The ambulance was on the E4 motorway near Linköping when drivers were notified of a priority-1 call, the most urgent classification of emergency call for patients with “life-threatening symptoms”.
At the time, they were headed back to the station as their shift had just ended.
But instead of responding directly to the call, the drivers entered the address from which the call was made into their GPS and determined they could still manage to swing by the station on their way, the local Norrköpings Tidiningar (NT) reported.
“That’s against guidelines. You don’t delay a priority-1 call,” Christer Andersson, a doctor with the Linköping University Hospital told the paper.
Andersson explained that the drivers in the ambulance had called ahead to their colleagues to ensure that the change in drivers would happen quickly.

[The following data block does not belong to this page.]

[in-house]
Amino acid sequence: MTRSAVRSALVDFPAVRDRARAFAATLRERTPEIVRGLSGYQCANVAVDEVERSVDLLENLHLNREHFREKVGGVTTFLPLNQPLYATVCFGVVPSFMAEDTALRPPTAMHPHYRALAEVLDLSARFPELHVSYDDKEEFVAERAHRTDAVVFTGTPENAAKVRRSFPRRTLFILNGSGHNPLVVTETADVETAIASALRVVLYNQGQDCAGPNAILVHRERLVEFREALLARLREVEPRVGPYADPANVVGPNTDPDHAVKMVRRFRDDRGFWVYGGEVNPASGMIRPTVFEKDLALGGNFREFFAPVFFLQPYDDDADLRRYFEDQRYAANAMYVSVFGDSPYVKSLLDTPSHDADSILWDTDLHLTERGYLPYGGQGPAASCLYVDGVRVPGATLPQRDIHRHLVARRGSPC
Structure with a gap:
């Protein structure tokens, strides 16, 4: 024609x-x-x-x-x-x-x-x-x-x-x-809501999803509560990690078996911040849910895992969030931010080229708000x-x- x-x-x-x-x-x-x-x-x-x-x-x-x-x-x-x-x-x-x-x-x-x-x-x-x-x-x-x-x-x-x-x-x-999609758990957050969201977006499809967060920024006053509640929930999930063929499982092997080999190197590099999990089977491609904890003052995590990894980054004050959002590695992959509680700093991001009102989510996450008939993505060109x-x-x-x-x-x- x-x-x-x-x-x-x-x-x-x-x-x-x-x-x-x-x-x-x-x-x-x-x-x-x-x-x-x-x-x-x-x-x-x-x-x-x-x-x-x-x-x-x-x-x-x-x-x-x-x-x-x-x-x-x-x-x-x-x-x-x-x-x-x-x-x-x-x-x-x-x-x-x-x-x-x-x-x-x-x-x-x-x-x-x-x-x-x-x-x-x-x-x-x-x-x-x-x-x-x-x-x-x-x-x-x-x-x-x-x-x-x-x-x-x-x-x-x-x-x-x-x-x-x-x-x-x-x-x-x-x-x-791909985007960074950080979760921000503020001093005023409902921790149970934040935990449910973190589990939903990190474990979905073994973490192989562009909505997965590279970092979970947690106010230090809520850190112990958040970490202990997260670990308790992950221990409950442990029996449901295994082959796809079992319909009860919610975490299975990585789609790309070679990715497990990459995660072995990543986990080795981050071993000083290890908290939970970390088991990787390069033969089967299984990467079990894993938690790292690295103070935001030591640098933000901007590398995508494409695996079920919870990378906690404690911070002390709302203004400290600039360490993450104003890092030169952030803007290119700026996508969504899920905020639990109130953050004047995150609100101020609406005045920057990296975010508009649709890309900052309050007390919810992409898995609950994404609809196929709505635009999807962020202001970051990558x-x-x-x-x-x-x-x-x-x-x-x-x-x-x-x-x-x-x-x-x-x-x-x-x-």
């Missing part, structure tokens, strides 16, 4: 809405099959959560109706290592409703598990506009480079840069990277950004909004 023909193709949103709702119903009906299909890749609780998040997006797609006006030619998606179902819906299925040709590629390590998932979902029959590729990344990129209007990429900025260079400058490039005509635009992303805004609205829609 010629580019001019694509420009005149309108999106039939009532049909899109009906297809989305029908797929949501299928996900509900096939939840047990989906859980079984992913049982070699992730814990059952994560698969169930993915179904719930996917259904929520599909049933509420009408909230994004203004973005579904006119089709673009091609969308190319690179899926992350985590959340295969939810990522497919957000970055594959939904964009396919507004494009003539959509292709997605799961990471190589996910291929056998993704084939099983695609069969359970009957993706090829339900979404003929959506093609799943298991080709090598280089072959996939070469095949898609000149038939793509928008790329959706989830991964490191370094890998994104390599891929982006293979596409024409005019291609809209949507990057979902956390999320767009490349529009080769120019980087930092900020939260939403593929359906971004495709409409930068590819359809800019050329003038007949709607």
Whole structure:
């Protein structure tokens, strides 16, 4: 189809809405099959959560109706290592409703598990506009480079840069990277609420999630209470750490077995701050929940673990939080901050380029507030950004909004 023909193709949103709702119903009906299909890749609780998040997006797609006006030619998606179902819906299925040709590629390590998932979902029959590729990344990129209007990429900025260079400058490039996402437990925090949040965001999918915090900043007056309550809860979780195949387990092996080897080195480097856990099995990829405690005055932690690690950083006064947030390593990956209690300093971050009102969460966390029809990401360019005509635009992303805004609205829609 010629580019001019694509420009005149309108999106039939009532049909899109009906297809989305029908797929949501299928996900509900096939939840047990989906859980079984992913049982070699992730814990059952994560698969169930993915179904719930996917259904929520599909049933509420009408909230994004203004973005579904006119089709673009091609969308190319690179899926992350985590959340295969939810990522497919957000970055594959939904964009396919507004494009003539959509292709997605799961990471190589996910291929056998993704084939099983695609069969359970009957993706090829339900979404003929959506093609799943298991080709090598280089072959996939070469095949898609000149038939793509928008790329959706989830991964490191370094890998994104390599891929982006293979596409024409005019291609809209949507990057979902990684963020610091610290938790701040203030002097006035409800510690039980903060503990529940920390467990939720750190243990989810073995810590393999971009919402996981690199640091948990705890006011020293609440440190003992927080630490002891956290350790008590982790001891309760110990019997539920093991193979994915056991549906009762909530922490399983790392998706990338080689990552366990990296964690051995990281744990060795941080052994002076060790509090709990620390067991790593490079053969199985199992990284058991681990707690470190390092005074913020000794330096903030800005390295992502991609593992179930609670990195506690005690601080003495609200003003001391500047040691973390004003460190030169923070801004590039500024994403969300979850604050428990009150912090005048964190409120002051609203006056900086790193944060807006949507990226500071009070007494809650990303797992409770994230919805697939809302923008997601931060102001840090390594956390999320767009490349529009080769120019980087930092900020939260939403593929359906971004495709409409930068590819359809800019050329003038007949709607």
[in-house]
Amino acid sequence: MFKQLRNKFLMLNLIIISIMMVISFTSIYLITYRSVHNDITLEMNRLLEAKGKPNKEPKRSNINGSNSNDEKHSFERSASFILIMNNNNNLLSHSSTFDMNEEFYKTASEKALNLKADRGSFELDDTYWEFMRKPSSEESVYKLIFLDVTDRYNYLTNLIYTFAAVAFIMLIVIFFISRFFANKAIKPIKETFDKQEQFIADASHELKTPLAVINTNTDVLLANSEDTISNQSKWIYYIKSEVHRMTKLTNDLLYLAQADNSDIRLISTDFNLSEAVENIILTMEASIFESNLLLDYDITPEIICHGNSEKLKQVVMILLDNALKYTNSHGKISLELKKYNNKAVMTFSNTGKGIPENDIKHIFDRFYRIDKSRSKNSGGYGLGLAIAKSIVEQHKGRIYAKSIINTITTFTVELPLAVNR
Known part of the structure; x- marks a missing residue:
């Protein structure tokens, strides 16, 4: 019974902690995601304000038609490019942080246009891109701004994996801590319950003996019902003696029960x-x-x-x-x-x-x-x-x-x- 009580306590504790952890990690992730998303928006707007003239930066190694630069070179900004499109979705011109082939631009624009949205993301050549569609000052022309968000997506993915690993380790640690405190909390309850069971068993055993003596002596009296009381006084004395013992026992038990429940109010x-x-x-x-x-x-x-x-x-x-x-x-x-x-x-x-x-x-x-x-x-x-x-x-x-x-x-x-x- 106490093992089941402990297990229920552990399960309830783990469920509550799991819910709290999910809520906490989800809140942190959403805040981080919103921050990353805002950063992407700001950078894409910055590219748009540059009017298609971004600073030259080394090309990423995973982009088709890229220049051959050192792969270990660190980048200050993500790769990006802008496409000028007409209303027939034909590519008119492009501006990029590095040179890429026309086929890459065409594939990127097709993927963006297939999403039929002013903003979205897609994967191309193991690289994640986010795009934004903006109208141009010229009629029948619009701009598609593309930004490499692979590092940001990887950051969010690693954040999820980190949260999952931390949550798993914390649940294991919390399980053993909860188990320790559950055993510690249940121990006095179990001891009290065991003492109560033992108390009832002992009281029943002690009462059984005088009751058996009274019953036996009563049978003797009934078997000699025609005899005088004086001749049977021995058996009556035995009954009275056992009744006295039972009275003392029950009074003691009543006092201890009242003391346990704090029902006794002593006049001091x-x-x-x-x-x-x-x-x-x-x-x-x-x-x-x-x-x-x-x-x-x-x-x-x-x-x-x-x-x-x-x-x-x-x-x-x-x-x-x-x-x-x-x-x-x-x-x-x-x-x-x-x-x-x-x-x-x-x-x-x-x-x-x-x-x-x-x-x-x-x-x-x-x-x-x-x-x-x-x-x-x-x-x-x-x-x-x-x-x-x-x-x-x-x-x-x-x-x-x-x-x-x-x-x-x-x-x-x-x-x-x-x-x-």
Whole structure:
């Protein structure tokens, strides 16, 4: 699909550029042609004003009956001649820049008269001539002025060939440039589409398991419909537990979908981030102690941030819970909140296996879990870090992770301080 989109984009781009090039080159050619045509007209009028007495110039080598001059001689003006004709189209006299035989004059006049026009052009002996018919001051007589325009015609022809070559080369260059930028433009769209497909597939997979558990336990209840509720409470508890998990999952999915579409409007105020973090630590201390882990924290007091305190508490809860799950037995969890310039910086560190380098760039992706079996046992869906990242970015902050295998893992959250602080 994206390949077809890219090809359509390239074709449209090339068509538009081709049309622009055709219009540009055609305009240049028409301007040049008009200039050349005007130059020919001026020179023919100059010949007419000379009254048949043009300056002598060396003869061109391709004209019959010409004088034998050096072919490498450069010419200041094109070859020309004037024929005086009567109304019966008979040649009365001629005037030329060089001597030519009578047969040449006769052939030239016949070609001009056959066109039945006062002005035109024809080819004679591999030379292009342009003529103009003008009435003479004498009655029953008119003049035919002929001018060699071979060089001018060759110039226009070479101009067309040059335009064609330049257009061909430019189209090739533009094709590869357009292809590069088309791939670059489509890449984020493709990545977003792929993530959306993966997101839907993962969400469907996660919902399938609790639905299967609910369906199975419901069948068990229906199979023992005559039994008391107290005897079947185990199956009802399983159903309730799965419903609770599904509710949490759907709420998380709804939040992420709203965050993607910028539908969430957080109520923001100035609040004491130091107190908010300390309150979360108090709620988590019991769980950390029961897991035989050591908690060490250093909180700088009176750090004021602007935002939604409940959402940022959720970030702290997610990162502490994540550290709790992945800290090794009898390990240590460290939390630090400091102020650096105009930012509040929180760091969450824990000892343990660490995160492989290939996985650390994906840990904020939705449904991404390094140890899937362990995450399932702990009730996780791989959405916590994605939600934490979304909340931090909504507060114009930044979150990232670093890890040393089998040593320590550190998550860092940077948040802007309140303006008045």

Despite their best efforts, however, the waiting patient died after suffering from cardiac arrest.
Following the fatal incident, which took place on June 5th, 2012, the ambulance drivers estimated that changing drivers delayed their arrival by 50 to 90 seconds.
Andersson has since reported the matter to the National Board of Health and Welfare (Socialstyrelsen) in accordance with Sweden’s Lex-Maria laws, the informal name for regulations governing the reporting of injuries or incidents in the Swedish health care system.
He explained that an autopsy to determine the patient’s exact cause of death has yet to be completed.